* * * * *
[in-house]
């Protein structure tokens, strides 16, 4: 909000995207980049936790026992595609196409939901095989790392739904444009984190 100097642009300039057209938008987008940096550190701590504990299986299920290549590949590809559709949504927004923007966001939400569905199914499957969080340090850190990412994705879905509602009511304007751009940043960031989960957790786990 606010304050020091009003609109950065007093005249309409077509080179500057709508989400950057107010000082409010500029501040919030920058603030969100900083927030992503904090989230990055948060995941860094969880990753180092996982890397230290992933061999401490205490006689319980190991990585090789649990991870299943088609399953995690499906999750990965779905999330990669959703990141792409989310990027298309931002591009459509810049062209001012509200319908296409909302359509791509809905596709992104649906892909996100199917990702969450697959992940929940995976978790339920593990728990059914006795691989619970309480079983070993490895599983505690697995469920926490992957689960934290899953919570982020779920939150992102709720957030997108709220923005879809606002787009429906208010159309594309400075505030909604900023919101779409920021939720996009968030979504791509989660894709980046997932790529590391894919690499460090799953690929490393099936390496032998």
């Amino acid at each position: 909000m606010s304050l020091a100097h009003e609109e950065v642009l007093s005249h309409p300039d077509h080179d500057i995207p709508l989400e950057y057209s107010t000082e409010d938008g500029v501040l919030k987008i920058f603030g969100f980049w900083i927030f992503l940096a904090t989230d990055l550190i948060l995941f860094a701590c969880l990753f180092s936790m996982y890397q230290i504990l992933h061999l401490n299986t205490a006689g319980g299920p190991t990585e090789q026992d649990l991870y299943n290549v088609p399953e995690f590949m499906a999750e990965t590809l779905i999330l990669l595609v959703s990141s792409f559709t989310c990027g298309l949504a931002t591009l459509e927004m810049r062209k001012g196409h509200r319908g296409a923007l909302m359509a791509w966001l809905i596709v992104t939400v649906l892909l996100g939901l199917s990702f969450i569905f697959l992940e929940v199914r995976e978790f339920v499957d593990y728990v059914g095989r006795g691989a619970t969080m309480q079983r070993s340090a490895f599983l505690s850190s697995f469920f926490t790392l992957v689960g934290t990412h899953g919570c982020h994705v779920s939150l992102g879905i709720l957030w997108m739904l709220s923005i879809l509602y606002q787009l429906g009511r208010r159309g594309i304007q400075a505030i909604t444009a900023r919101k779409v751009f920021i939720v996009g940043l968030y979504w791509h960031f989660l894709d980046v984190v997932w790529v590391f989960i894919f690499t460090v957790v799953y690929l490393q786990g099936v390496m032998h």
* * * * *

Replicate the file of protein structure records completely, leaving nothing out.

[in-house]
């Protein structure tokens, strides 16, 4: 909000995207980049936790026992595609196409939901095989790392739904444009984190 100097642009300039057209938008987008940096550190701590504990299986299920290549590949590809559709949504927004923007966001939400569905199914499957969080340090850190990412994705879905509602009511304007751009940043960031989960957790786990 606010304050020091009003609109950065007093005249309409077509080179500057709508989400950057107010000082409010500029501040919030920058603030969100900083927030992503904090989230990055948060995941860094969880990753180092996982890397230290992933061999401490205490006689319980190991990585090789649990991870299943088609399953995690499906999750990965779905999330990669959703990141792409989310990027298309931002591009459509810049062209001012509200319908296409909302359509791509809905596709992104649906892909996100199917990702969450697959992940929940995976978790339920593990728990059914006795691989619970309480079983070993490895599983505690697995469920926490992957689960934290899953919570982020779920939150992102709720957030997108709220923005879809606002787009429906208010159309594309400075505030909604900023919101779409920021939720996009968030979504791509989660894709980046997932790529590391894919690499460090799953690929490393099936390496032998």
């Amino acid at each position: 909000m606010s304050l020091a100097h009003e609109e950065v642009l007093s005249h309409p300039d077509h080179d500057i995207p709508l989400e950057y057209s107010t000082e409010d938008g500029v501040l919030k987008i920058f603030g969100f980049w900083i927030f992503l940096a904090t989230d990055l550190i948060l995941f860094a701590c969880l990753f180092s936790m996982y890397q230290i504990l992933h061999l401490n299986t205490a006689g319980g299920p190991t990585e090789q026992d649990l991870y299943n290549v088609p399953e995690f590949m499906a999750e990965t590809l779905i999330l990669l595609v959703s990141s792409f559709t989310c990027g298309l949504a931002t591009l459509e927004m810049r062209k001012g196409h509200r319908g296409a923007l909302m359509a791509w966001l809905i596709v992104t939400v649906l892909l996100g939901l199917s990702f969450i569905f697959l992940e929940v199914r995976e978790f339920v499957d593990y728990v059914g095989r006795g691989a619970t969080m309480q079983r070993s340090a490895f599983l505690s850190s697995f469920f926490t790392l992957v689960g934290t990412h899953g919570c982020h994705v779920s939150l992102g879905i709720l957030w997108m739904l709220s923005i879809l509602y606002q787009l429906g009511r208010r159309g594309i304007q400075a505030i909604t444009a900023r919101k779409v751009f920021i939720v996009g940043l968030y979504w791509h960031f989660l894709d980046v984190v997932w790529v590391f989960i894919f690499t460090v957790v799953y690929l490393q786990g099936v390496m032998h």